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  #1  
Old 08-07-2011, 04:26 PM
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Default Casting Question

Hi all,


I'm interest in learning how to fly fish, been saltwater fishing for the past few years. I ran into this video while looking at fly fishing on YouTube

YouTube - ‪Episode 3: Colorado River Cutthroat Trout in Southwest Colorado‬‏

Do any of ya'll how or where I can get more information on how to do the cast at 48 seconds in the video?


Thanks
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  #2  
Old 08-07-2011, 04:31 PM
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Default Re: Casting Question

It's the overhead cast and also the side cast. The overhead cast you will use most when fly fishing.

Here's one to get you started with the overhead cast.

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Old 08-07-2011, 04:36 PM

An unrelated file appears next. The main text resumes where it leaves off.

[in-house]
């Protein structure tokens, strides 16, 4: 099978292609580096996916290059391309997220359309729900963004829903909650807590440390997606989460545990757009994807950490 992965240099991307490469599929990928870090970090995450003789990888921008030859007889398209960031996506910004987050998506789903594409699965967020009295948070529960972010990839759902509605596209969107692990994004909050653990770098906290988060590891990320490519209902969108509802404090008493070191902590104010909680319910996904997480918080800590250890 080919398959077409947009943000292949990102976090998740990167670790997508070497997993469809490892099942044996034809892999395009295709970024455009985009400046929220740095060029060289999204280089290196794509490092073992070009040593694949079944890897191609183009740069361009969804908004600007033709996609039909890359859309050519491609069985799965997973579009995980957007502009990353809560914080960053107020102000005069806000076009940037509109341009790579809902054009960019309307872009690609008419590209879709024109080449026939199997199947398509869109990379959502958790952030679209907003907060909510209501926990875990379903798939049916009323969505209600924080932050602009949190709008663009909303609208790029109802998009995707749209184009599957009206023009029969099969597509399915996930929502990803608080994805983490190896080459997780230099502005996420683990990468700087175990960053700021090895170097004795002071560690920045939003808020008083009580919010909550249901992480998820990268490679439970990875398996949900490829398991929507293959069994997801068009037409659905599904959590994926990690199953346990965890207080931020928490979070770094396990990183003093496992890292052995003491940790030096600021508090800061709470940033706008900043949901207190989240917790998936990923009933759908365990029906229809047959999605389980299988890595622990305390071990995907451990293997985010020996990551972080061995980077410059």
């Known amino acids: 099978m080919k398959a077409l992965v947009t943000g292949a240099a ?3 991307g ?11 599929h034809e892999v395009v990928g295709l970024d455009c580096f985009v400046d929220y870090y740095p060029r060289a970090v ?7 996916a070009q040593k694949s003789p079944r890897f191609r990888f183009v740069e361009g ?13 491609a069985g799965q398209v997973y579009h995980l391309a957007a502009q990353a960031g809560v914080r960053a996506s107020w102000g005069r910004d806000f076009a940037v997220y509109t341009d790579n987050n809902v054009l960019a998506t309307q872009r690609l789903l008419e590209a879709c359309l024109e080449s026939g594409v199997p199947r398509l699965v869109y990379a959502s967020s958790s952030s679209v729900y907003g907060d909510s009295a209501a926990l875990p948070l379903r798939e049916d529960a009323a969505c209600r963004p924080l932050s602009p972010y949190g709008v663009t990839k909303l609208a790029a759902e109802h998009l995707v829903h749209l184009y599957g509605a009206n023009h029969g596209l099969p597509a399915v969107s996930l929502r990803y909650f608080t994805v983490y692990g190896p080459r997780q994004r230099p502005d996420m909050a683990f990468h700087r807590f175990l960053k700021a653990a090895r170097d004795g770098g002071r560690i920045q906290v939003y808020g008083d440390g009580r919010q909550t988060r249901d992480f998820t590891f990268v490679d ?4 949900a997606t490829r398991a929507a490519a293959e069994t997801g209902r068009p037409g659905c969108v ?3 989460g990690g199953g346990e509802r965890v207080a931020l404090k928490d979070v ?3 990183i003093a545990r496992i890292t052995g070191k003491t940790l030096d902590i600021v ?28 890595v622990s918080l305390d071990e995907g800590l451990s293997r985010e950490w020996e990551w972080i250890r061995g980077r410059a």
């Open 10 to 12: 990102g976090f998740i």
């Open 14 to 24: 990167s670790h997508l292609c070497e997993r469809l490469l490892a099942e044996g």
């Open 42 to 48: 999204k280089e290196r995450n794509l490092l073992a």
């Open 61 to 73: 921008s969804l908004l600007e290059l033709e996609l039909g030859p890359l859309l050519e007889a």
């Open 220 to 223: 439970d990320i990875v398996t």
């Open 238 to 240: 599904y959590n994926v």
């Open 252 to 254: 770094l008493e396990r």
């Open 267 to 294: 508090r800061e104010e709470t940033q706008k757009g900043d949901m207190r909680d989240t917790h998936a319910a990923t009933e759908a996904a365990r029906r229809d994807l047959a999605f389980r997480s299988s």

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Default Re: Casting Question

There are plenty of casting instructors that use this forum,if you let them know your location I'm sure one of them would be able to help you

Welcome to the forum by the way

Neil
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Old 08-07-2011, 04:39 PM
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Default Re: Casting Question

It looks to be an oval cast sometimes called a Belgian cast.
A very easy cast to perfect, if you look closely there is no pause it is a continuous motion cast where the fly goes under the tip of the rod then over in an oval shape. The cast is generally used for heavy bugs etc to keep them away from the rod . Any good Instructor will be able to show you or just give it a go,you may be surprised how easy it is. Google belgian cast.
Hope that helps.


Brian
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Old 08-07-2011, 06:42 PM
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Default Re: Casting Question